How employees over 55 could pay substantially less tax

25 April 2023
HMRC and the Office of National Statistics (ONS) have published their latest estimates of how many individuals are in paid employment. The figures paint a challenging picture for the year to date.

In his Budget speech, the chancellor highlighted that, excluding students, there were over seven million adults of working age who were not in work. The latest statistics show the problem is potentially getting worse as the numbers of individuals in payrolled employment are going backwards. At the turn of the year, it is estimated that there were 29,962,404 in payrolled employment and this has decreased by just under 90,000 at the end of March 2023.

In the calendar year to date, only those aged 65 and over have seen significant increases in the numbers in payrolled employment. Whilst other age groups’ figures broadly flatline or go backwards, there has been over a 2% increase in workers aged 65 or over since the turn of the year. That continues a trend and this age group has been the fastest-growing since the beginning of 2020, with nearly 19% growth.

Perhaps this should not be a surprise as many older workers have a lower effective tax rate than others on their earnings. Those over the state pension age do not suffer employee’s national insurance contributions (NIC), representing an effective tax cut of 12% on earnings over £12,570.

A key strand of the chancellor’s plan at the Budget was to incentivise those over the age of 50 back into work. Following the changes made to pensions in the Budget, many of those over 55 encouraged back into work could pay very little overall income tax on part-time earnings of, say, £20,000 per year. In particular, an increase in the money purchase annual allowance permits those who have already flexibly accessed their pension benefits to contribute £10,000 a year from 6 April 2023, rather than the previous limit of £4,000.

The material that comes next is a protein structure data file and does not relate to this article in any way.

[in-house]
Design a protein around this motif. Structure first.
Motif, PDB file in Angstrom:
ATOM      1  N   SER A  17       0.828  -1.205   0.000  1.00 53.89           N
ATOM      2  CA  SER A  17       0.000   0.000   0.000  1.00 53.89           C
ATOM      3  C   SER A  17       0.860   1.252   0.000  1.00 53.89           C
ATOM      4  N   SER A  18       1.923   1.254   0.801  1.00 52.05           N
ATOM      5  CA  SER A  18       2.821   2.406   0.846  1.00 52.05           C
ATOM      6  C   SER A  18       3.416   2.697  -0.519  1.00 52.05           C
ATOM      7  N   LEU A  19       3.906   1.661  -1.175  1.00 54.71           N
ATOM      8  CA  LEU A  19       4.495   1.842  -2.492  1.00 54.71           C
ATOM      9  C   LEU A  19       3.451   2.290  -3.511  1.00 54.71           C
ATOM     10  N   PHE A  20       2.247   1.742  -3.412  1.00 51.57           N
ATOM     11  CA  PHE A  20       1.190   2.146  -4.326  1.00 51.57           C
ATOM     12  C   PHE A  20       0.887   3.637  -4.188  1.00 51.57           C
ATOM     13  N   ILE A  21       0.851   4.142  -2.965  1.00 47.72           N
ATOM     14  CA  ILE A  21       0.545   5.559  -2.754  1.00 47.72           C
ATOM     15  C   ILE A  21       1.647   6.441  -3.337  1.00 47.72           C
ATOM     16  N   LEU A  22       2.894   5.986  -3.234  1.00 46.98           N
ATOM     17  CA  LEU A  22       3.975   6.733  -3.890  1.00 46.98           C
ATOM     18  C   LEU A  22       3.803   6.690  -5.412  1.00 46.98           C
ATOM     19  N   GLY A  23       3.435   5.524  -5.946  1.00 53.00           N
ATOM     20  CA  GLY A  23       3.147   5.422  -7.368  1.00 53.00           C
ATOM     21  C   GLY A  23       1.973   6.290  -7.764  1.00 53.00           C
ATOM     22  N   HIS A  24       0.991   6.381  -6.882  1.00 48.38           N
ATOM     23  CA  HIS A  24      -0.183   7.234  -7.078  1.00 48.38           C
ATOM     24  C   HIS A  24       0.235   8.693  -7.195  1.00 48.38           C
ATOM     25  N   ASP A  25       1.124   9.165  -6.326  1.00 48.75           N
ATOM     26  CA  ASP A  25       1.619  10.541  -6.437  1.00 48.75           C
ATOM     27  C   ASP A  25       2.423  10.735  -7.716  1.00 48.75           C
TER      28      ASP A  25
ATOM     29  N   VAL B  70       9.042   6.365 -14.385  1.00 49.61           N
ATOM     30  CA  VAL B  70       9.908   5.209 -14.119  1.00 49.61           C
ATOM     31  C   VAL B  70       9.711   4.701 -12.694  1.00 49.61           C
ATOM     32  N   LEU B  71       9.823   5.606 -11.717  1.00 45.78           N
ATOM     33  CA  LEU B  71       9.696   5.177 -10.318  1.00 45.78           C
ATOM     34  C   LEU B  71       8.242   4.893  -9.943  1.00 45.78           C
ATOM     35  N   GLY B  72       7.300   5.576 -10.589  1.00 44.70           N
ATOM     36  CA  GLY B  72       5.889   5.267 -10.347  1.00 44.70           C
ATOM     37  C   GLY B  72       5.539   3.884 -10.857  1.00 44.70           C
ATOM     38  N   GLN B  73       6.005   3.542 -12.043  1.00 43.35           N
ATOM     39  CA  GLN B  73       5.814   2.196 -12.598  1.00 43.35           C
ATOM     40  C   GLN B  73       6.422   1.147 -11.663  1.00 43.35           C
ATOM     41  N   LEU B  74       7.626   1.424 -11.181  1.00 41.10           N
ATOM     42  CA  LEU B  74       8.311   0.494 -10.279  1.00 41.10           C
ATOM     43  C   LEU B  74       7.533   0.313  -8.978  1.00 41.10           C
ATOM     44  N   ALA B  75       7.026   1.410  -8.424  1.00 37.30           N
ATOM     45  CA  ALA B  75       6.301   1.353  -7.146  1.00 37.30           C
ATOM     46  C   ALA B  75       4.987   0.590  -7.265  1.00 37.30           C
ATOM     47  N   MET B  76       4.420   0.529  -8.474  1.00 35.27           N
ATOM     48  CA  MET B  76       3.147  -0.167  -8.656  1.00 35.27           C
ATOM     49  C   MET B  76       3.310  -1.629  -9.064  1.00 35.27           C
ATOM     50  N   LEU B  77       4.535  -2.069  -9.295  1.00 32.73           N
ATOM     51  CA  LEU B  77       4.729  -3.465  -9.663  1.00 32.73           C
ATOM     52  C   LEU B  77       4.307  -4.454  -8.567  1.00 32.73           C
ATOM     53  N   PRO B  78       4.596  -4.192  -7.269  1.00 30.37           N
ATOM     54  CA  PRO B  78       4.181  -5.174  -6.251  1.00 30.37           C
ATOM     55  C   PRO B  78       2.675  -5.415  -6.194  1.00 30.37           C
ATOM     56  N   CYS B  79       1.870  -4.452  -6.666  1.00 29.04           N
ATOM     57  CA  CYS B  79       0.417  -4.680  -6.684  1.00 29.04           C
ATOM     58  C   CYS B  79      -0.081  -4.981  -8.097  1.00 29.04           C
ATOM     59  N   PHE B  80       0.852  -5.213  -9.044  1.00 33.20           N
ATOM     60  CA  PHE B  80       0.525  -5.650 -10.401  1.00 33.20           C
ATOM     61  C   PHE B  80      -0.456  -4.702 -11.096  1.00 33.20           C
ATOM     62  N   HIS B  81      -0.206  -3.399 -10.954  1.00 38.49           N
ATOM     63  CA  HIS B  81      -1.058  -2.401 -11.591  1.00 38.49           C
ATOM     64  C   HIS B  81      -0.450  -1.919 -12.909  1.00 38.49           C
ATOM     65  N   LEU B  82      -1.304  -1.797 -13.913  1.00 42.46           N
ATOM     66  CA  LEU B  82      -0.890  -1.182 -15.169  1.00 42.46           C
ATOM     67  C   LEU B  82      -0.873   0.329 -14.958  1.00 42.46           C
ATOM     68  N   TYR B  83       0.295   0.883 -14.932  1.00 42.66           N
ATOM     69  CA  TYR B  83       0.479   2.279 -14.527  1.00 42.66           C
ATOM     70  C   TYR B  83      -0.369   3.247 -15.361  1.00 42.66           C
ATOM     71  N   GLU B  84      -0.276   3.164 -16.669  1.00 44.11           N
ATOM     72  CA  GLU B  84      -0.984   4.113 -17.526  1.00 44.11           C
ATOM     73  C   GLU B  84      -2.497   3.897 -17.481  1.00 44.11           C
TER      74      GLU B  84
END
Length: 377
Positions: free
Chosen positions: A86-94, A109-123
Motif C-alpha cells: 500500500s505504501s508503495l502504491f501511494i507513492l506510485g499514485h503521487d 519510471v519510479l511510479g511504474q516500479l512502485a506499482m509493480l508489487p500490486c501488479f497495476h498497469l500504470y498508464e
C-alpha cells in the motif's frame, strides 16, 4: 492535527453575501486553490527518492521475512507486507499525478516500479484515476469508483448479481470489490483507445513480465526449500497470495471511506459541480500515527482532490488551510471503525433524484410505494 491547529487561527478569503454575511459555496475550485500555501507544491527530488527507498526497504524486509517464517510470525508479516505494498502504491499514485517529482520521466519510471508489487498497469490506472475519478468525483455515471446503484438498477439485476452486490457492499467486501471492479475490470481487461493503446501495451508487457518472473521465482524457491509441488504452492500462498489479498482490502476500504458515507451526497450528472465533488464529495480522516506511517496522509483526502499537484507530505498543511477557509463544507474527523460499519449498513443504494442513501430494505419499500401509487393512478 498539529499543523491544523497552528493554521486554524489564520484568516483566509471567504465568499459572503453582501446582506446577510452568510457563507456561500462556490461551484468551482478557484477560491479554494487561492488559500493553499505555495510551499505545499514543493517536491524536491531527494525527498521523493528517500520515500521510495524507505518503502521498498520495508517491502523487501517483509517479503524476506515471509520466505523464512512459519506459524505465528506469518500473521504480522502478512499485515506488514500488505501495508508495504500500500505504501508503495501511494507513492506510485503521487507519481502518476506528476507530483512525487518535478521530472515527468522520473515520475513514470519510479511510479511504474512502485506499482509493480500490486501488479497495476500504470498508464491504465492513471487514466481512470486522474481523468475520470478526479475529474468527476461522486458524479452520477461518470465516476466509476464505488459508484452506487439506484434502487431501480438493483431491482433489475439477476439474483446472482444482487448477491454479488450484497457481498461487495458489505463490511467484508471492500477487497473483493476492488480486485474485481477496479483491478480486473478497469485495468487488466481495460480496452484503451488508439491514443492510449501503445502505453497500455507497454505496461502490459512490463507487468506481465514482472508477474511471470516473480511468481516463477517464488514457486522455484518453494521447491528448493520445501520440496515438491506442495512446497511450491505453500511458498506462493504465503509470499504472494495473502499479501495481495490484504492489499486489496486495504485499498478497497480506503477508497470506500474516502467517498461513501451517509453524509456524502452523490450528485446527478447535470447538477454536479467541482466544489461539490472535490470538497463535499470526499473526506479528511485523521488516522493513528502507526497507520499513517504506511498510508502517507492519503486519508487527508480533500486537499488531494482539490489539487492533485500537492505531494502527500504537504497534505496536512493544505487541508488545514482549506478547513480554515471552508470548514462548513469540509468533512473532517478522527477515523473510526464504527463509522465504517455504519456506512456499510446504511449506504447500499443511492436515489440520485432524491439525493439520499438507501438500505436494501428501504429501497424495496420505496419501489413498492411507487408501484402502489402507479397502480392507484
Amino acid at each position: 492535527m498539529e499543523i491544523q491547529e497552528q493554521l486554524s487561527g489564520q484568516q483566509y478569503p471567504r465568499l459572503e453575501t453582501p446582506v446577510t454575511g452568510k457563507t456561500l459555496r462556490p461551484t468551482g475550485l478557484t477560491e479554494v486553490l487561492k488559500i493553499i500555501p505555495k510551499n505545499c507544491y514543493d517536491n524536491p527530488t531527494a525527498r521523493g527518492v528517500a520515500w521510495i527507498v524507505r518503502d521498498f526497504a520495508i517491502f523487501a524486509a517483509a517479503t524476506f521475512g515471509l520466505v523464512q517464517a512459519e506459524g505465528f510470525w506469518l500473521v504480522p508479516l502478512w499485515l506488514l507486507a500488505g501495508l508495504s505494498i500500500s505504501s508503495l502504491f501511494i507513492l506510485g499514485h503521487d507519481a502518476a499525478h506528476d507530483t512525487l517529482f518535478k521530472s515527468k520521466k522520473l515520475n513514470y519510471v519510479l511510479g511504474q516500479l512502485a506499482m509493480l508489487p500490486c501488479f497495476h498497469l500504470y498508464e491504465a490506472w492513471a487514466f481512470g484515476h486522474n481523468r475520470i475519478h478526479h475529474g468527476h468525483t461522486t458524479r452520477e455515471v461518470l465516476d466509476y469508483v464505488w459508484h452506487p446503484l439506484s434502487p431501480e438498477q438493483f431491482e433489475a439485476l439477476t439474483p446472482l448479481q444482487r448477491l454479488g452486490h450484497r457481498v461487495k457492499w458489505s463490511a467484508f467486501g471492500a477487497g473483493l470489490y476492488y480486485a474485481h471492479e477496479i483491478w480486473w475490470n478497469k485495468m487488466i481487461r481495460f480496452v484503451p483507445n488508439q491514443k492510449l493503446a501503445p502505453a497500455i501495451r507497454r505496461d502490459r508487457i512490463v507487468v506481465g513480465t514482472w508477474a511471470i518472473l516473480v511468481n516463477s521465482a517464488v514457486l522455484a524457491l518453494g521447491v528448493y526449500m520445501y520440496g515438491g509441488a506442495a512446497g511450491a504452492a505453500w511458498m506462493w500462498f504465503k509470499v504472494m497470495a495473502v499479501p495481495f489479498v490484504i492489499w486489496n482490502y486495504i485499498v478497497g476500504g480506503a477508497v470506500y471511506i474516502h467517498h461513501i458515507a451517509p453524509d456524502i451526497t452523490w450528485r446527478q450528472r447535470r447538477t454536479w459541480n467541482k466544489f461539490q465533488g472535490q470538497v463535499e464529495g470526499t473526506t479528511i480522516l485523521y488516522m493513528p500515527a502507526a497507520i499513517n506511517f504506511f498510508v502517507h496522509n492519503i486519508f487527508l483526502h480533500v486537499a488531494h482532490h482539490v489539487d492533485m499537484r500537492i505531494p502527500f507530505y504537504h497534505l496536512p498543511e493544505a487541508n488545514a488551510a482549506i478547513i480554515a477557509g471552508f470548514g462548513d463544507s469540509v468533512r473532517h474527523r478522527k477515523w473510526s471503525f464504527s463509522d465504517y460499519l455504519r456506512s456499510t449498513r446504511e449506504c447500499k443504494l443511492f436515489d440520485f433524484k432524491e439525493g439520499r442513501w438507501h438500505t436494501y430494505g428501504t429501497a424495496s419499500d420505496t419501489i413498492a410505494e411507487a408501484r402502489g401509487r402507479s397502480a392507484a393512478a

Some employers offer a salary sacrifice scheme in relation to pension contributions. This allows for some of an employee’s gross pay to be contributed to a pension pot. Depending on the amounts, this contribution may be free from income tax and both employers’ and employees’ NIC. Due to the savings on NIC for the employer, some employers offer to match or top up the pension contributed by the employee. 

If we take the example of an employee aged over 55 earning £20,000 not currently making any pension contributions, they would have net take-home pay of £17,622.

Let’s compare that to a similar worker benefitting from a pension salary sacrifice scheme and assume that the employer is willing to top up an employee’s pension pot by the employer’s NIC saved as a result of this arrangement. Such a worker could sacrifice £8,787 of salary and benefit from an employer pension top-up of £1,213. 

The employee would therefore have £11,213 of taxable salary remaining and £10,000 sat in their pension pot. The remaining salary would be free from any income tax and NIC as it falls within the personal allowance. However, as the individual is aged 55 or over, they could potentially access the funds paid into their pension as well. There are various options for accessing pension funds, but one is to take a payment as an uncrystallised funds pension lump sum (UFPLS). 

An employee accessing £10,000 of their pension pot in this way would receive 25% of this tax free if within the relevant limits. The end result is that the net take-home pay of the individual may be as high as £19,984, giving an effective tax rate of 0.08% on their original £20,000 salary.

There are a number of related points to be aware of. For example, employers should be aware that they could inadvertently breach national living wage limits if they allow employees to sacrifice too much of their salary as pension contributions. In addition, once an individual starts to access their pension, tax relief can only be claimed on £10,000 per annum of any further contributions. Subject to working through the detail, such savings could be attractive to over-55s looking to get back into the workforce.